"That ought to pay you for carrying it and storage afterward," said the president decisively. "What made you come here?"
"I found this address in the purse," said Randolph, producing it.
"Is that all?"
"And that's the only reason you came here, to find an owner for that bag?"
The president disengaged himself from the counter.
"I'm sorry to have given you so much trouble," said Randolph concludingly. "Thank you and good-morning."
As Randolph turned away he remembered the advertisement for the night watchman. He hesitated and turned back. He was a little surprised to find that the president had not gone away, but was looking after him.
"I beg your pardon, but I see you want a night watchman. Could I do?" said Randolph resolutely.
"No. You're a stranger here, and we want some one who knows the city,—Dewslake," he returned to the receiving teller, "who's taken Larkin's place?"
"No one yet," returned the teller, "but," he added parenthetically, "Judge Boompointer, you know, was speaking to you about his son."
"Yes, I know that." To Randolph: "Go round to my private room and wait for me. I won't be as long as your friend last night." Then he added to a negro porter, "Show him round there."
He moved away, stopping at one or two desks to give an order to the clerks, and once before the railing to speak to a depositor. Randolph followed the negro into the hall, through a "board room," and into a handsomely furnished office. He had not to wait long. In a few moments the president appeared with an older man whose gray side whiskers, cut with a certain precision, and whose black and white checked neckerchief, tied in a formal bow, proclaimed the English respectability of the period. At the president's dictation he took down Randolph's name, nativity, length of residence, and occupation in California. This concluded, the president, glancing at his companion, said briefly,—
"He had better come to-morrow morning at nine," was the answer.
"And ask for Mr. Dingwall, the deputy manager," added the president, with a gesture that was at once an introduction and a dismissal to both.
Randolph had heard before of this startling brevity of San Francisco business detail, yet he lingered until the door closed on Mr. Dingwall. His heart was honestly full.
"You have been very kind, sir," he stammered.
"I haven't run half the risks of that chap last night," said the president grimly, the least tremor of a smile on his set mouth.
"If you would only let me know what I can do to thank you," persisted Randolph.
"Trust the man that trusts you, and hang on to your trust," returned the president curtly, with a parting nod.
Elated and filled with high hopes as Randolph was, he felt some trepidation in returning to his hotel. He had to face his landlord with some explanation of the bank's inquiry. The landlord might consider him an impostor, and request him to leave, or, more dreadful still, insist upon keeping the bag. He thought of the parting words of the president, and resolved upon "hanging on to his trust," whatever happened. But he was agreeably surprised to find that he was received at the office with a certain respect not usually shown to the casual visitor. "Your caller turned up to-day"—Randolph started—"from the Eureka bank," continued the clerk. "Sorry we could not give your name, but you know you only left a deposit in your letter and sent a messenger for your key yesterday afternoon. When you came you went straight to your room. Perhaps you would like to register now." Randolph no longer hesitated, reflecting that he could explain it all later to his unknown benefactor, and wrote his name boldly. But he was still more astonished when the clerk continued: "I reckon it was a case of identifying you for a draft—it often happens here—and we'd have been glad to do it for you. But the bank clerk seemed satisfied with out description of you—you're easily described, you know" (this in a parenthesis, complimentarily intended)—"so it's all right. We can give you a better room lower down, if you're going to stay longer." Not knowing whether to laugh or to be embarrassed at this extraordinary conclusion of the blunder, Randolph answered that he had just come from the bank, adding, with a pardonable touch of youthful pride, that he was entering the bank's employment the next day.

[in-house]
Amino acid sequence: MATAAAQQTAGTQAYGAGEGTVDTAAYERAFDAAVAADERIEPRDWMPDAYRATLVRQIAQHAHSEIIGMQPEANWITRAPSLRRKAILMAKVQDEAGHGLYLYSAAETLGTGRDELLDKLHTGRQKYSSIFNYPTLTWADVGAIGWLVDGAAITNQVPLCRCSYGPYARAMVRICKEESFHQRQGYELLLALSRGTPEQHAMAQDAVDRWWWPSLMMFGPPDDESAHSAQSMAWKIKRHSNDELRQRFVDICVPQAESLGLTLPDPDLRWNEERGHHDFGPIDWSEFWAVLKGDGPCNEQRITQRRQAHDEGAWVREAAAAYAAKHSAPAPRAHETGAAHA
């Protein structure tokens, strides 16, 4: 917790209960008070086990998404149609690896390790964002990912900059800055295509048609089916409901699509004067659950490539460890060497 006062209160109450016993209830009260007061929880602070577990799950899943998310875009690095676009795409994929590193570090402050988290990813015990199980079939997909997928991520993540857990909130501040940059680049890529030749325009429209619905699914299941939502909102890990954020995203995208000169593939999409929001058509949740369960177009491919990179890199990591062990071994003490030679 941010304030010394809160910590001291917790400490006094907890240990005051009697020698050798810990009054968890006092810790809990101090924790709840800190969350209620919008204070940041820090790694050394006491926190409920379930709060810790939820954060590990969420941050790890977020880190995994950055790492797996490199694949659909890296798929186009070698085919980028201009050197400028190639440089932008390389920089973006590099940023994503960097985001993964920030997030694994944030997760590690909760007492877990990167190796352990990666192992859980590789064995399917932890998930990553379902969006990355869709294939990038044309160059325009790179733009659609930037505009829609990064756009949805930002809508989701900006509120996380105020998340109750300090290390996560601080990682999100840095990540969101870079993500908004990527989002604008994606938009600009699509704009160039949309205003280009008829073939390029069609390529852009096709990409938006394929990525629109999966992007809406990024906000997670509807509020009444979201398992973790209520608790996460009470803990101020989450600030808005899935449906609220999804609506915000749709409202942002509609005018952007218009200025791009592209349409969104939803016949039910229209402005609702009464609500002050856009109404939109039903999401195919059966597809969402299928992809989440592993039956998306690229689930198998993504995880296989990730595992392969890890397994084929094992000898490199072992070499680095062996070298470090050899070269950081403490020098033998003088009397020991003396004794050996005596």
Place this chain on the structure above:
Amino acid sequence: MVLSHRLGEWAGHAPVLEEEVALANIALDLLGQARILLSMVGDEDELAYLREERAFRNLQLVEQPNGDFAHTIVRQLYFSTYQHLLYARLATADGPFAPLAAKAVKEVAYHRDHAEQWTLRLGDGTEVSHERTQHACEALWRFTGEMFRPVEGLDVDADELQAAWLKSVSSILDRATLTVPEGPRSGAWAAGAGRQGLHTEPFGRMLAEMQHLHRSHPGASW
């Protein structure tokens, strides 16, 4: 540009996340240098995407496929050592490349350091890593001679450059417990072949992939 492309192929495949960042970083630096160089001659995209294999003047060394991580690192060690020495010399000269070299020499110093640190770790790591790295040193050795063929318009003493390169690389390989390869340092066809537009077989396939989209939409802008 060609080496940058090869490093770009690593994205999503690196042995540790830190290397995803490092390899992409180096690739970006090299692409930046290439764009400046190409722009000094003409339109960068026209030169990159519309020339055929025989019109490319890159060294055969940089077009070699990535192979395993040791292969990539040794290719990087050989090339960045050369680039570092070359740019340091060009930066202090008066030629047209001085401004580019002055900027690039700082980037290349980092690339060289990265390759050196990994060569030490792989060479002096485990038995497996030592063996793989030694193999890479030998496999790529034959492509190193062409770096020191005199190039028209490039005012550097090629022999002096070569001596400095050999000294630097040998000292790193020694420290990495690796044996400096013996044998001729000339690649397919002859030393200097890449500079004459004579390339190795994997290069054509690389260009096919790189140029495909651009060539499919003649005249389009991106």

Another equally agreeable surprise met him on his arrival there the next morning. Without any previous examination or trial he was installed at once as a corresponding clerk in the place of one just promoted to a sub-agency in the interior. His handwriting, his facility of composition, had all been taken for granted, or perhaps predicated upon something the president had discerned in that one quick, absorbing glance. He ventured to express the thought to his neighbor.
"The boss," said that gentleman, "can size a man in and out, and all through, in about the time it would take you and me to tell the color of his hair. HE don't make mistakes, you bet; but old Dingy—the dep—you settled with your clothes."
"My clothes!" echoed Randolph, with a faint flush.
"Yes, English cut—that fetched him."
And so his work began. His liberal salary, which seemed to him munificent in comparison with his previous earnings in the mines, enabled him to keep the contents of the buckskin purse intact, and presently to return the borrowed suit of clothes to the portmanteau. The mysterious owner should find everything as when he first placed it in his hands. With the quick mobility of youth and his own rather mercurial nature, he had begun to forget, or perhaps to be a little ashamed of his keen emotions and sufferings the night of his arrival, until that night was recalled to him in a singular way.